Plexiglas in nature – no more, no less. In this work, artificially manufactured material enters into a symbiosis with nature, in which ‘wounded’ nature can be said to be ‘healed’ through culture. In her interventions with Plexiglas in nature, Vera Röhm detects amazing effects. For instance, depending on perspective and the incidence of light, the Plexiglas could appear like a luminous white panel, which reflect the (overcast) sky or show parts of the materials lying behind it. The term ‘integration’ refers to the fact that something fragmentary is incomplete and is ‘integrated’ by means of a measure or a material and thus made complete again.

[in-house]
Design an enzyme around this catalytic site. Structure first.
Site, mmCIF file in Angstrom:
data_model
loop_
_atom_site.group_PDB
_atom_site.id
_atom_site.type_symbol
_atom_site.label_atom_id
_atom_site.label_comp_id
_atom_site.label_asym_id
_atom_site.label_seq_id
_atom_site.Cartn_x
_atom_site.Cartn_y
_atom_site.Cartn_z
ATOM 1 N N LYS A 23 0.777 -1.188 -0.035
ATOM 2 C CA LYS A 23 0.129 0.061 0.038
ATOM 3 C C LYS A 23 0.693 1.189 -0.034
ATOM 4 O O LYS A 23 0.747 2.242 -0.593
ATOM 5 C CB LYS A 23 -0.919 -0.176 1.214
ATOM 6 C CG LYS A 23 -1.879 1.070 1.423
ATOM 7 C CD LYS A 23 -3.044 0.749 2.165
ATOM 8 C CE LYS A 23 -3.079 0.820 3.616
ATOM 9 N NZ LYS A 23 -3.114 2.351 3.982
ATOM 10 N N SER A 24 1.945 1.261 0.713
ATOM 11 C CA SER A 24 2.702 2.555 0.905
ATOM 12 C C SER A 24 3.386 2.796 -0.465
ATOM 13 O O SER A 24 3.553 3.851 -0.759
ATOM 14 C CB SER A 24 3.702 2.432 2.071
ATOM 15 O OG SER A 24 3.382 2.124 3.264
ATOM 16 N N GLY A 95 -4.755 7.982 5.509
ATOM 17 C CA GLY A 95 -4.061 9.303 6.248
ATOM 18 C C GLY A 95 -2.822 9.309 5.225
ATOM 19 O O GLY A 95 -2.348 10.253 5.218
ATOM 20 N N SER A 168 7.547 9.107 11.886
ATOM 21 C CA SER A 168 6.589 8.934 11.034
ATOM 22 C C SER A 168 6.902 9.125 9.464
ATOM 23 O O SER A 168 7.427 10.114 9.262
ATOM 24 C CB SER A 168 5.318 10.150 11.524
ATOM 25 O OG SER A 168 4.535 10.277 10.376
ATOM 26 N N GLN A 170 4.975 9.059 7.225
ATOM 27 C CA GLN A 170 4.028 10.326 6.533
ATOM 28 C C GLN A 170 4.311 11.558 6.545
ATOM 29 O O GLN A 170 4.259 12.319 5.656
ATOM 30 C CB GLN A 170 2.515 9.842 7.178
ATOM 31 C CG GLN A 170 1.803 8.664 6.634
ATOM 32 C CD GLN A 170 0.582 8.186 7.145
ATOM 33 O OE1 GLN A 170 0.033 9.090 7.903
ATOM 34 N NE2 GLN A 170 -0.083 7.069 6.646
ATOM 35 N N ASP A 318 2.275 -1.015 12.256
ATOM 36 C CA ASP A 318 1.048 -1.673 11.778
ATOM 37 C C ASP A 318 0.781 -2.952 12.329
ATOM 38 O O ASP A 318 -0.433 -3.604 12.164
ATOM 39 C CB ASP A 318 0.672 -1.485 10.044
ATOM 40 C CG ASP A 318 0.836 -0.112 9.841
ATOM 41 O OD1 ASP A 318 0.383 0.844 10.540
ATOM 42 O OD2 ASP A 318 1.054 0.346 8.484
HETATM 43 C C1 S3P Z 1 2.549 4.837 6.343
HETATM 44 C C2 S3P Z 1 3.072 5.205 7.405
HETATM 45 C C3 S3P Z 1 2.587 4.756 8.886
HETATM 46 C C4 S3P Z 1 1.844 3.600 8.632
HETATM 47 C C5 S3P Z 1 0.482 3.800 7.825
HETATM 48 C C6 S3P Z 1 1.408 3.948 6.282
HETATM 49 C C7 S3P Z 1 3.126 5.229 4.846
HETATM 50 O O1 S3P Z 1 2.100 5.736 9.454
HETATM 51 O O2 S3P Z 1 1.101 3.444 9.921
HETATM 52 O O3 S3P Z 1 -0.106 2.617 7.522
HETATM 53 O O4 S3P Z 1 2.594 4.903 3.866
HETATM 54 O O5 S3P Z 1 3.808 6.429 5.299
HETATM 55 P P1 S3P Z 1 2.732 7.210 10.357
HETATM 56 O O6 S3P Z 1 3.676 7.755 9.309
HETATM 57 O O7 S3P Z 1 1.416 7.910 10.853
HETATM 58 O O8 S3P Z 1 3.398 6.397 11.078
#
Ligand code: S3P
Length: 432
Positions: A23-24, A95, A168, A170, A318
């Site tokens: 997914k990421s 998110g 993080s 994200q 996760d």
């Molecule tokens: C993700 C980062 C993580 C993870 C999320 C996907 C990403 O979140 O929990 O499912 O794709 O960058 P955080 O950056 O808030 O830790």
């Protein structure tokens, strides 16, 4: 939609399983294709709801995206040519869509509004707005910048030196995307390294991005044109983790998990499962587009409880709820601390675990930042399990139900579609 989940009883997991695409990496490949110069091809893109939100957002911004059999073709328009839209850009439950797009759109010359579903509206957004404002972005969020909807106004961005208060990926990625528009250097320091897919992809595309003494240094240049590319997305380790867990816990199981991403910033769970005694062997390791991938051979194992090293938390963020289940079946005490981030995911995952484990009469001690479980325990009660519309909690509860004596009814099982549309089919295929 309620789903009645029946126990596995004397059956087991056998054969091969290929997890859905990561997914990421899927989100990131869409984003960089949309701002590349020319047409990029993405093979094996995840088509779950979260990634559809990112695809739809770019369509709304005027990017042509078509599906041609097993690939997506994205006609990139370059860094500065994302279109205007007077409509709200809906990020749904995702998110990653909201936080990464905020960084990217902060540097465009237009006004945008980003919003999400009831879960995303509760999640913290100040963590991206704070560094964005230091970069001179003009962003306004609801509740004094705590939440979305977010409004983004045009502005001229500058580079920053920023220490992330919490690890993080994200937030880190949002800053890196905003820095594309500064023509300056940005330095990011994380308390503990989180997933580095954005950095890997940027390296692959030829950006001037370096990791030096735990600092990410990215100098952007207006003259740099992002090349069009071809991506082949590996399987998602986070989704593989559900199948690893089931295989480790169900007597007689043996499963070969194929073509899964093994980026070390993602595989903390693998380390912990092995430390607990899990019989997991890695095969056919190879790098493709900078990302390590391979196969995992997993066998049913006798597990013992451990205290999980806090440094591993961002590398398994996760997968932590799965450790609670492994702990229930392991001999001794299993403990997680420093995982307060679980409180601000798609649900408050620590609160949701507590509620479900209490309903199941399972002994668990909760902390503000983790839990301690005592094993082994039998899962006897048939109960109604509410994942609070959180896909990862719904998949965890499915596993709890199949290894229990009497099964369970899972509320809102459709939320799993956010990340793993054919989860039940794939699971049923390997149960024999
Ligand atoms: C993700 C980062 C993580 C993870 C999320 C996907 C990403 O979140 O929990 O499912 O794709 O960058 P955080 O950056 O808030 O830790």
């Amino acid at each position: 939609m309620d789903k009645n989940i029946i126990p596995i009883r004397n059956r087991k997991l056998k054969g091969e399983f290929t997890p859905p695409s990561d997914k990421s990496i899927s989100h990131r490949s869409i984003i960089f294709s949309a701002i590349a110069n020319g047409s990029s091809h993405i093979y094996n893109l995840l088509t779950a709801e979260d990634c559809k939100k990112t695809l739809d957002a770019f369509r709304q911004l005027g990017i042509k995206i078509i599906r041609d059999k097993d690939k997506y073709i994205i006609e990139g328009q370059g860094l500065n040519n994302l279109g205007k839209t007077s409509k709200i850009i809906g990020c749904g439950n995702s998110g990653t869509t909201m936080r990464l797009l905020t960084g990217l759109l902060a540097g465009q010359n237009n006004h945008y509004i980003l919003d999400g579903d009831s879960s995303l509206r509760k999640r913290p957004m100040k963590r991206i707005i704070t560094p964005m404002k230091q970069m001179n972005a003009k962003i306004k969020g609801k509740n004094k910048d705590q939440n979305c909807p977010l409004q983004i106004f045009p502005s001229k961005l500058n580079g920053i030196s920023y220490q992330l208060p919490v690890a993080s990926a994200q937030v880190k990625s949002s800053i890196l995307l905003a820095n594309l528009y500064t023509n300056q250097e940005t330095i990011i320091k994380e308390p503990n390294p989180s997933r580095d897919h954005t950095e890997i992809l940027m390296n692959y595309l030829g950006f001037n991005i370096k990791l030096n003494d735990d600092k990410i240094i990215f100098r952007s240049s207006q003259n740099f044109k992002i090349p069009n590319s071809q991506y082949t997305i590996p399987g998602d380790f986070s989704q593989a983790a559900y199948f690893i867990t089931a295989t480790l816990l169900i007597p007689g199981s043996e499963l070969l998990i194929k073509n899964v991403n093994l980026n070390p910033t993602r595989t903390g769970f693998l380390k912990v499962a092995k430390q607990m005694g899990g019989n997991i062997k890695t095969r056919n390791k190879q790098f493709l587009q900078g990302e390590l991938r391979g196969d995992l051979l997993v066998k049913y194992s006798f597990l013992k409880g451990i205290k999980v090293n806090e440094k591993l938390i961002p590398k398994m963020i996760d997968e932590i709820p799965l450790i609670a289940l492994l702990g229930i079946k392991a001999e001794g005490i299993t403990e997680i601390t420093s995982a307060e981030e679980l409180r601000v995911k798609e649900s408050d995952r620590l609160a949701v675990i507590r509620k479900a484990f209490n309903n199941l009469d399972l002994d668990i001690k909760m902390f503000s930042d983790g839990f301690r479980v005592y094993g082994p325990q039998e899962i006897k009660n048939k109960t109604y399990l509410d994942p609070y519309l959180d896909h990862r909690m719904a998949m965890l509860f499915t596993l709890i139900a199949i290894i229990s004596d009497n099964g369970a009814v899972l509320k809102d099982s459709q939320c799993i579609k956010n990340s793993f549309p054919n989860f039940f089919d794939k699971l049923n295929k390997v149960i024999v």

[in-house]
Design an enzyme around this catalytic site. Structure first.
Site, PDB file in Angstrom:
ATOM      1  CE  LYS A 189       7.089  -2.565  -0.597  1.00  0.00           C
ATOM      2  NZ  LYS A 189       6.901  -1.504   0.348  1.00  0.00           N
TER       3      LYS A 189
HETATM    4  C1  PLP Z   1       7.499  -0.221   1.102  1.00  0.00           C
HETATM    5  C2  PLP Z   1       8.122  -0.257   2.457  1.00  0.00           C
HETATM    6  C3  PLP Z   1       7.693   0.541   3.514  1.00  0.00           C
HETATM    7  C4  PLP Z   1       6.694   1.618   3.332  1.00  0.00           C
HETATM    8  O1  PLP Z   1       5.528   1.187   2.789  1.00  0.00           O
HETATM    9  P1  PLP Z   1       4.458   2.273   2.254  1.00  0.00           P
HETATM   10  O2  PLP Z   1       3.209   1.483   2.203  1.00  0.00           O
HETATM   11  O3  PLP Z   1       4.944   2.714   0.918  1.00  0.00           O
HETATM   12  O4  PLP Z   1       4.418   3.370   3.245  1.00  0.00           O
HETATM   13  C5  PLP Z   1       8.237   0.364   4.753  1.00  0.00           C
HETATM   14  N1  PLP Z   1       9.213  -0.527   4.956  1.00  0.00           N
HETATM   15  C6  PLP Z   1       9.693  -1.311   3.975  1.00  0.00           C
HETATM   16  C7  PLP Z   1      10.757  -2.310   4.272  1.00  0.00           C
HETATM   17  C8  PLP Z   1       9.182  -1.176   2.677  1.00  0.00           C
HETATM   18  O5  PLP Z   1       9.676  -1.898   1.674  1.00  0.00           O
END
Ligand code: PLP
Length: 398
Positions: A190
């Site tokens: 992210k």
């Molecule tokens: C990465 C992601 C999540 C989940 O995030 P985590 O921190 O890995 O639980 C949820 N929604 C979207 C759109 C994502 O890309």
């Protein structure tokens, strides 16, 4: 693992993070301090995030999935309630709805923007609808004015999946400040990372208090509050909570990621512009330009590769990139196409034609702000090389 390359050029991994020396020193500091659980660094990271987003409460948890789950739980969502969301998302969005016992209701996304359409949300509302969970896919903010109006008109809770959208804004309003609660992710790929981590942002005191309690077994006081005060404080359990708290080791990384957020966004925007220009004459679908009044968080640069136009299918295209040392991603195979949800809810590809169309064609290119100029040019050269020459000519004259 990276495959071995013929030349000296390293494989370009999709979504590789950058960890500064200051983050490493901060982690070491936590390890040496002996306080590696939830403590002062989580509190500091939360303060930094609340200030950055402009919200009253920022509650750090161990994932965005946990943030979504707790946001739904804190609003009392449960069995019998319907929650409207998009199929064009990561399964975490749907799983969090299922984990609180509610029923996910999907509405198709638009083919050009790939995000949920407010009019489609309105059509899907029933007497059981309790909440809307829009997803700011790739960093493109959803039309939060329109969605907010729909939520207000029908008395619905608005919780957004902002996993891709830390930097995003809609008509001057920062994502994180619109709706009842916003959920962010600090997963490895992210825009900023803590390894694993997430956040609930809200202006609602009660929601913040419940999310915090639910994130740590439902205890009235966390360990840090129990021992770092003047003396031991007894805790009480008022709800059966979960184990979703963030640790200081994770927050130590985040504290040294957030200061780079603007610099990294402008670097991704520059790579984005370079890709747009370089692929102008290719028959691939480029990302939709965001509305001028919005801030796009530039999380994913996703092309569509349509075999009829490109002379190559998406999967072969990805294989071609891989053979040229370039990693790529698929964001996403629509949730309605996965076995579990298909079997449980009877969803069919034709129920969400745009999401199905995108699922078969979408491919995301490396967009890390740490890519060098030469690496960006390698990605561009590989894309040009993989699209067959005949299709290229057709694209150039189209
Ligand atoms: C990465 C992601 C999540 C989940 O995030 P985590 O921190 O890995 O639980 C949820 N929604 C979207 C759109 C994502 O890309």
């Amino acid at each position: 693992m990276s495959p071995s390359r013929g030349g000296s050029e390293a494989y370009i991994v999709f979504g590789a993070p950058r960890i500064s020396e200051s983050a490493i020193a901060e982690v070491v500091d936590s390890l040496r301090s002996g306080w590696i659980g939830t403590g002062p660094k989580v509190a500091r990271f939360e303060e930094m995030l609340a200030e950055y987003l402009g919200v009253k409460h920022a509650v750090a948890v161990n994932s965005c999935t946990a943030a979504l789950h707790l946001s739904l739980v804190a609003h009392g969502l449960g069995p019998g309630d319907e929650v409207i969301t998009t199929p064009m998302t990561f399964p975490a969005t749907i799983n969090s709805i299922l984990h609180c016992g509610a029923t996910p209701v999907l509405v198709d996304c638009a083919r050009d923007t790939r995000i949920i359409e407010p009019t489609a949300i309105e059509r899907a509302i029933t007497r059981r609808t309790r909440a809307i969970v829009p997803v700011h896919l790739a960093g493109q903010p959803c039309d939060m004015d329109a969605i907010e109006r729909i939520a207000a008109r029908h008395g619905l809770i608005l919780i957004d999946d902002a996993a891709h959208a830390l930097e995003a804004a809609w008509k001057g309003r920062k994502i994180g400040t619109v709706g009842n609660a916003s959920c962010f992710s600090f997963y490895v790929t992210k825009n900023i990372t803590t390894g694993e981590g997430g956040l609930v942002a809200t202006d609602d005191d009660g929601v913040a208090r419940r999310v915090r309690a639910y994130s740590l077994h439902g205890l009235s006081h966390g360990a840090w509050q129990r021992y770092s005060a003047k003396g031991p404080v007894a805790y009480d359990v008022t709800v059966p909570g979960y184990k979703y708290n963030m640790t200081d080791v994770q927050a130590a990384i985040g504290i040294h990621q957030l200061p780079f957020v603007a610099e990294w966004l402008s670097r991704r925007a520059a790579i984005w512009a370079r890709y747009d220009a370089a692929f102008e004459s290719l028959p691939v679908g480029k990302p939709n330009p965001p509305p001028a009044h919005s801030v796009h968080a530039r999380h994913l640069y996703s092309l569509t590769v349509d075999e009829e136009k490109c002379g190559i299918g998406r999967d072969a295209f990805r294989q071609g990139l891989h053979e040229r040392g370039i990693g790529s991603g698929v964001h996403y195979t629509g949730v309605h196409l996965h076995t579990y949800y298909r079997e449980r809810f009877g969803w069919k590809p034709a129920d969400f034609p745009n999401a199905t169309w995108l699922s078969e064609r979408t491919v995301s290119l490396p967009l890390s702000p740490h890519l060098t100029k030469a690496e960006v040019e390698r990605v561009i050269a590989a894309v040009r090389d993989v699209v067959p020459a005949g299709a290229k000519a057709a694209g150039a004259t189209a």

Vera Röhm’s work reflects the spirit of Land Art which began in the 1960s in the United states and peaked in the 1970s. The artist experiments with differently sized round or angular Plexiglas panels, positioning them in nature and studying their impact in combination with different incidences of light, perspectives and times of day. Her work has also one further focus - architectural forms. The series Ergänzungen comprises sculptures in which wood and Plexiglas, nature and art, engage in a conversation. They are made of elm-wood, broken in two pieces, whereby each piece is complemented with Plexiglas fused on the point of fracture. The idea of this series developed out from seeing damaged tree trunks: the artist wanted to heal the wounds by completing the broken, missing parts of the trees with Plexiglas. Röhm’s combinations of plastic and wood illuminate for their contradictory yet complementary appearance.